Undoubtedly the sort of items that first come to mind at the mention of simplicity have to do with our possessions and material goods--fashionable clothing, gourmet food, luxurious dwellings, expensive recreations and vacations, fine vehicles, appliances and conveniences, and cosmetics and adornments (you extend the list). However, we need also to consider simplicity in some other, very different situations. How about simplifying the pace and multiplicity of our involvements in activities, our "go-go-go" mentality? How about simplifying our personal relationships, clearing out all the superfluities of title, rank, status, and prestige, and just being people for a change? How about listening to Jesus when he says, "Let your word be 'Yes, Yes' or 'No, No'; anything more than this comes from the evil one" (Mt. 5:37), and do away, not only with oaths, but also with flattery, overblown rhetoric, and salesmanship "come-ons"? How about simplifying our faith by neither spinning it out into highly intellectualized theories, nor into complicated charts revealing the nature of the universe?

What is our next step? Perhaps some may want to know how to go about making these simplifications in order to be better microcosms, but that is the wrong request. It overlooks the most crucial aspect of the whole procedure. Fidelity to Jesus, you see, is not always the motive behind "simplification." A person can be motivated by his or her desire for success--which is something quite different from fidelity. Thus a person could become simpler in every area we have talked about and still not be any closer to Christian simplicity. Fidelity means doing something because we are following Jesus, because he asks us to. Success means doing something in order to achieve some goal or realize some value without regard to Jesus' will or command.

In the case of simple living, the foremost argument is that simplicity constitutes the most satisfying life, simplicity can successfully bring happiness. That may be true (although I am sure that for many people it would not be), and I am not saying that there is anything wrong in seeking happiness.

Let us simplify our lives, then, in order to save food, goods, and money that can be given to the poor. The gospel does obligate us to have a concern about poverty and world hunger. Nevertheless, many non-Christian humanitarians (and even governmental agencies) share that concern; thus helping the poor does not prove that one is acting out of Christian discipleship. Jacques Ellul has made a rather startling comment in this regard. He contends that a broad, generalized benevolence toward faraway people en masse (e.g., "the starving children of the world")--even if it means contributing money, giving up a few meals, or walking for the hungry--cannot be called Christian love, or agape. No, that must involve truly personal knowledge, mutuality, and response. Certainly, Ellul would contend that the practice of this broad benevolence is a good thing, but he would deny that doing it makes one a Christian.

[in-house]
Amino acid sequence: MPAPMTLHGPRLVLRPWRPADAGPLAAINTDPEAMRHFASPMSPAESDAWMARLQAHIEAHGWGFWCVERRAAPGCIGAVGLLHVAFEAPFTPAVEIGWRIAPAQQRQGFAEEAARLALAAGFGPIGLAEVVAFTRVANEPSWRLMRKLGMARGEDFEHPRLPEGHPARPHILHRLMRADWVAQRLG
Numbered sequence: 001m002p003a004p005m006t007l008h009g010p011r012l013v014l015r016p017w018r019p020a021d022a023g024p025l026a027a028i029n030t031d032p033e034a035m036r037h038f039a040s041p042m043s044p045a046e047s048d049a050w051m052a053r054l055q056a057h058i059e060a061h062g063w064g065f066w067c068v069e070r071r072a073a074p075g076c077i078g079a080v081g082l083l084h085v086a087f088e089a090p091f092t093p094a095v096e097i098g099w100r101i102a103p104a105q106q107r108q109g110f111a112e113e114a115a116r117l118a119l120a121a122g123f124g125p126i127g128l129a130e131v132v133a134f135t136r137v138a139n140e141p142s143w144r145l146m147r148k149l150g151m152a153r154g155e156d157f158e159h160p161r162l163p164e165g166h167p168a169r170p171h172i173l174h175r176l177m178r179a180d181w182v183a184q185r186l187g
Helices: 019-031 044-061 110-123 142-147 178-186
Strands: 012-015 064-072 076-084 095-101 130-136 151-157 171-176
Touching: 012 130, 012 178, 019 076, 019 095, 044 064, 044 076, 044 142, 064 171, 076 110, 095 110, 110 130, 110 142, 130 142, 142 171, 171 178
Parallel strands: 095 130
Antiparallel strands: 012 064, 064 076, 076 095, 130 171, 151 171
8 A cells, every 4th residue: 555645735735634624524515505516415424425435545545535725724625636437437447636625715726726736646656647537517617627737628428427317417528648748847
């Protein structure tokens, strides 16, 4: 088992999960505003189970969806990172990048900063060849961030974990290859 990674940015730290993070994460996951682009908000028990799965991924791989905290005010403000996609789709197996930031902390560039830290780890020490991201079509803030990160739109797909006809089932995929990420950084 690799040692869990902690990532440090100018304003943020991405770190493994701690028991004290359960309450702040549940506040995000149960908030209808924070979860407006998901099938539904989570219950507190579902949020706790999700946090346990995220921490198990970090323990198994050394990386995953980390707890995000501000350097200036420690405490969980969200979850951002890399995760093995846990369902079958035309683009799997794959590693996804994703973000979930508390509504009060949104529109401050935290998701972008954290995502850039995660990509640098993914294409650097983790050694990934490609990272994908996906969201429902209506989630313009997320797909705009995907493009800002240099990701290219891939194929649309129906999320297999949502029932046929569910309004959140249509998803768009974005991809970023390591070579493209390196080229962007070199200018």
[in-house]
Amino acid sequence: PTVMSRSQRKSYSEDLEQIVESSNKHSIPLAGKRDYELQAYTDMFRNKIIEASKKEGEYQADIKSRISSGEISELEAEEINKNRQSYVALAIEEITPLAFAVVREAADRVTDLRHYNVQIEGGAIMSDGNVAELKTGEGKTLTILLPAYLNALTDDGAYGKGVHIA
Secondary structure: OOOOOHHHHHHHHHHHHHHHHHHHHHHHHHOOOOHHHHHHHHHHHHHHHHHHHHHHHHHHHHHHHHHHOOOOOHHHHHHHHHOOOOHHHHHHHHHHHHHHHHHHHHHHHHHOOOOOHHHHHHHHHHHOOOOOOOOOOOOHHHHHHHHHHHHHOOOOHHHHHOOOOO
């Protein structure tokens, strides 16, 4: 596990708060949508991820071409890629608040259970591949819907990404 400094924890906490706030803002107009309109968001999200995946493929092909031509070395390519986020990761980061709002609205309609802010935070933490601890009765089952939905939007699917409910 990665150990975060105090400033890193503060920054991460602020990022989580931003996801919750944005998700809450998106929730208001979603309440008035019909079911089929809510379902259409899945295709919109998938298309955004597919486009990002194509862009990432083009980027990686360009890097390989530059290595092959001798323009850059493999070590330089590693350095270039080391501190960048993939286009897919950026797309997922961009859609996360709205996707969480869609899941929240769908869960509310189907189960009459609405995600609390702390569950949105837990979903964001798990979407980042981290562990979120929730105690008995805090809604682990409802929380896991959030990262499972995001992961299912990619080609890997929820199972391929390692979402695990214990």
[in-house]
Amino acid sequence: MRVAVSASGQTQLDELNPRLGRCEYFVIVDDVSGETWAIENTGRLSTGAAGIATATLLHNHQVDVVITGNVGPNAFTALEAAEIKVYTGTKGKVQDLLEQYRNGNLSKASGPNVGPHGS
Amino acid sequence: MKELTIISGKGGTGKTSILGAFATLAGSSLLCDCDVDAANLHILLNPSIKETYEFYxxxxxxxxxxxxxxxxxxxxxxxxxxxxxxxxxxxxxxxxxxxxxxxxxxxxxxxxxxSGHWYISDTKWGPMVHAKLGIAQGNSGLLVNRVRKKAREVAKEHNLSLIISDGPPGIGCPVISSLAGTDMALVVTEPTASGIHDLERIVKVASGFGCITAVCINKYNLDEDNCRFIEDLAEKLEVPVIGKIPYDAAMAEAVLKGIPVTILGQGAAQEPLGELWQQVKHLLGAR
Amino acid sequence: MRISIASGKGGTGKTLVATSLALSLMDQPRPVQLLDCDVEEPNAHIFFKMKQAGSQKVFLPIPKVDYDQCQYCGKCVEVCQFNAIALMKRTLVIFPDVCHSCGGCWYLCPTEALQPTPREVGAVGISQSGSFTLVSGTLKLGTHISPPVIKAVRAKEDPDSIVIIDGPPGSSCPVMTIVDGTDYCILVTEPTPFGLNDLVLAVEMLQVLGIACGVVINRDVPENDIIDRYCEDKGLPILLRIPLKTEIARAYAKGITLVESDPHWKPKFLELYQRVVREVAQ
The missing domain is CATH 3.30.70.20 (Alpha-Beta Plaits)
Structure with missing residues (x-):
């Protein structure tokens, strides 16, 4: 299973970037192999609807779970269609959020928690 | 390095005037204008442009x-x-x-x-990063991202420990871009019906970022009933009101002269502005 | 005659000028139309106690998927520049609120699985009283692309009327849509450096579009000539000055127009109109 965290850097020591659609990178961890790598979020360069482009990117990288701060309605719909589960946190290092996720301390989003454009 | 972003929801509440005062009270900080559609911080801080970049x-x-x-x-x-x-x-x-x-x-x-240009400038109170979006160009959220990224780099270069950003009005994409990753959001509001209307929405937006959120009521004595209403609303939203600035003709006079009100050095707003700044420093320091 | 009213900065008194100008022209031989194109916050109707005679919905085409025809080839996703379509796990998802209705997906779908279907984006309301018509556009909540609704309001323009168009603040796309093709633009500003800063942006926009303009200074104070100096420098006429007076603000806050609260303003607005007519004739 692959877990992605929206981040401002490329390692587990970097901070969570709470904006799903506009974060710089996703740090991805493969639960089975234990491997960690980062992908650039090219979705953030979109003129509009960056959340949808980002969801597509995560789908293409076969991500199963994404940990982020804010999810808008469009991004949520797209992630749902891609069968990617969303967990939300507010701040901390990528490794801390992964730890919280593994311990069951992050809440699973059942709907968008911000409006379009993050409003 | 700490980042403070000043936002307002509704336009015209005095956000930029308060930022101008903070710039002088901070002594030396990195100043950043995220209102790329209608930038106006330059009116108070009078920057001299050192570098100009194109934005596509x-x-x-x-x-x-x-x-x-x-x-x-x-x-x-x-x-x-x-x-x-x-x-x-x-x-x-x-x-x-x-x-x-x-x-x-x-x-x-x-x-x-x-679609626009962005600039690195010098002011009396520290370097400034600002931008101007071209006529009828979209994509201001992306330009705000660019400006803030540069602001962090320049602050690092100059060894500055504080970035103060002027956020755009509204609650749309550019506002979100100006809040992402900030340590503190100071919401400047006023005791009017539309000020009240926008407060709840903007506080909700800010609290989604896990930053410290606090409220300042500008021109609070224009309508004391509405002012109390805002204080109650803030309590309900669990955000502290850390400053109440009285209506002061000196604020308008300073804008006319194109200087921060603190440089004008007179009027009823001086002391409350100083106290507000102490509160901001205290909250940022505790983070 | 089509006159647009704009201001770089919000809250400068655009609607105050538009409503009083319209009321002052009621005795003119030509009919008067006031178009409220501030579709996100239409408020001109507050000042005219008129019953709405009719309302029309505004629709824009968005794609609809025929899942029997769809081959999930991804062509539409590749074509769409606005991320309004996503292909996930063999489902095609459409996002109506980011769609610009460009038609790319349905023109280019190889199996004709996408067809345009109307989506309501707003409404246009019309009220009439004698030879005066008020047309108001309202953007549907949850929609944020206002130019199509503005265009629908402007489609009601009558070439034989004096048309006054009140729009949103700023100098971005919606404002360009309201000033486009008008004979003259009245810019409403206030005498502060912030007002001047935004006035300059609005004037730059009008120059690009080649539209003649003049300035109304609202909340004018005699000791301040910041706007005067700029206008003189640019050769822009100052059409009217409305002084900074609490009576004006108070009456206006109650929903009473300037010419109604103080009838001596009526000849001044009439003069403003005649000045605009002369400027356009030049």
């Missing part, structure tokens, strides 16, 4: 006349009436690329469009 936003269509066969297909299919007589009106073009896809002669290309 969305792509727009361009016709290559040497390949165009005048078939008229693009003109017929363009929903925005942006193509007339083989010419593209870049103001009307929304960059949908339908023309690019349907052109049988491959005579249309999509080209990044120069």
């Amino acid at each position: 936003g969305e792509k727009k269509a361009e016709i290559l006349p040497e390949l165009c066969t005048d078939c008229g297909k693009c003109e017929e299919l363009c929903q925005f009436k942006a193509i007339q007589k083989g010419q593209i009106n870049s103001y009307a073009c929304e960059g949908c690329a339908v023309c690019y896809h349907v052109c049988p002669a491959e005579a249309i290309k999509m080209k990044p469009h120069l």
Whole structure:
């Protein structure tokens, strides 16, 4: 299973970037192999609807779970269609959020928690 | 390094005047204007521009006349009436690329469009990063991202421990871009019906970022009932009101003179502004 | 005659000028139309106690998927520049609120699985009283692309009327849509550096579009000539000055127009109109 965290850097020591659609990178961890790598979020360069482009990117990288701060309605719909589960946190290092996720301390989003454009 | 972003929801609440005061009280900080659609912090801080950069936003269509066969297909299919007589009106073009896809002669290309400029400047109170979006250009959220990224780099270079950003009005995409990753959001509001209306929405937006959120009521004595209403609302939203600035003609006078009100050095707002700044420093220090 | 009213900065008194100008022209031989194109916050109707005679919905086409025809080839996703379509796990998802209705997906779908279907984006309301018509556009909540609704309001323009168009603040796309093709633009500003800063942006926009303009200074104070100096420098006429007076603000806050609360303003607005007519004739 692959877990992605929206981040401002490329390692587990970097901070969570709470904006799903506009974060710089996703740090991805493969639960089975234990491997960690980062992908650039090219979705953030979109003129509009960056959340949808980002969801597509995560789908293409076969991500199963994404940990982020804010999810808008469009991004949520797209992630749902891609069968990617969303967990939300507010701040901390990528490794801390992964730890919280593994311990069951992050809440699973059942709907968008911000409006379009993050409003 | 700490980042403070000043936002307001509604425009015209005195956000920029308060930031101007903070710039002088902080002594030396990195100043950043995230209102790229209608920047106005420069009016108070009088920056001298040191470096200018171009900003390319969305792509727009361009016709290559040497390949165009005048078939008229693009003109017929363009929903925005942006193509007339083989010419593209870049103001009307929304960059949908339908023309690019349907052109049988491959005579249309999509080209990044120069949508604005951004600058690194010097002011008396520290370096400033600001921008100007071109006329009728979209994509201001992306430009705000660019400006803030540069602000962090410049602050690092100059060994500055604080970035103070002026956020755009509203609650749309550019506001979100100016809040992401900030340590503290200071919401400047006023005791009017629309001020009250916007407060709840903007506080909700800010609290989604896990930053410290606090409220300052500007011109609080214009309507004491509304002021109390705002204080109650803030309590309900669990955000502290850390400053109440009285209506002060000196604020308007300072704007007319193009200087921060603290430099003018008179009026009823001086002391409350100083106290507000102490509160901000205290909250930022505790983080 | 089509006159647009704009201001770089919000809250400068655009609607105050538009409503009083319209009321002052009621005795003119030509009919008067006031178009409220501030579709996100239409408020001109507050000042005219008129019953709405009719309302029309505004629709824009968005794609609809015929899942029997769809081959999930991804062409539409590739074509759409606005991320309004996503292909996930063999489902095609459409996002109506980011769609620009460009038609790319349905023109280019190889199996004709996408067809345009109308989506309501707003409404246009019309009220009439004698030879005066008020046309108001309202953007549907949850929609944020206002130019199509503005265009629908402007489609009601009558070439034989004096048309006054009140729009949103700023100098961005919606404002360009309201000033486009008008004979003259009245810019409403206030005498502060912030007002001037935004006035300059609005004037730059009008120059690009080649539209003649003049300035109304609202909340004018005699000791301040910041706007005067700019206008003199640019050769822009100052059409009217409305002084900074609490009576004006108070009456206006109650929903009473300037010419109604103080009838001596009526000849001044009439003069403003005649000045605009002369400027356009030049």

Then perhaps we ought to simplify our lives for ecological reasons, so that we might succeed in passing on to our children and grandchildren an environment that is livable and has sufficient resources. This is, in every way, a good idea, and one for which we could find scriptural backing. Yet the ecological arguments are just as applicable to non-Christians. Many people who are simplifying their lives out of ecological considerations (and many of the organizations supporting them) make no Christian profession at all. Christians should practice good ecology, but that in itself does not make them Christians.

We have not named all the possible motives for simplifying our lives. Some of them are probably good and true. Even so, none represents the "what do ye more than others?" Where, then, does the answer lie? With Jesus, obviously--and there most particularly in the Sermon on the Mount, where he focuses on the simple life.

According to Jesus, there is only one basic simplicity--one extraordinary simplicity. All our other simplicities are to depend upon it; it is to be the source of all other simplicities. Jesus, we will see, speaks to this point time after time, in many different ways, but his most succinct and pointed statement (a verse we have already used in another context) comes as the summary of the simple-life passage from Matthew:

Strive first for the kingdom of God and his righteousness, and all these things will be given to you as well. (Mt. 6:19-34)

This is the authoritative definition of fidelity and simplicity. There is a "first," and there is an "all the rest." The gospel never attempts to deny the reality or validity of the "all the rest," for in this comes the possibility of the successes and accomplishments of a more satisfying life in helping the poor, becoming ecologically responsible, and so forth. Nevertheless, a hard and fast distinction ought to be maintained between the "first" and "all the rest"; no confusion can be allowed.

The all-controlling consideration must be that the "first" actually is made first and maintained as first. Once that is done, "all the rest" can follow behind, find its place, and assume true value and authenticity. This is Christianity's "simple life."

And in this instance, the old saying of "putting first things first" is not quite good enough. The New Testament makes it evident that "first" is singular and not plural; "putting the first thing first" would be the only proper way to state this. Kierkegaard has a book entitled Purity of Heart Is to Will One Thing. It could as well have been called (and Kierkegaard would not object) The Simple Life Is to Will One Thing. But in that book he makes the point that only the "first" that Jesus specifies can be put first and remain only one thing. Anything else that might be taken out of the "all the rest" and set up as "first" will inevitably result in double-mindedness rather than a single focus. And here is the ultimate simplicity from which all other simplicities must spring, namely, a single focus of life, a single authority, a single center, a single lordship.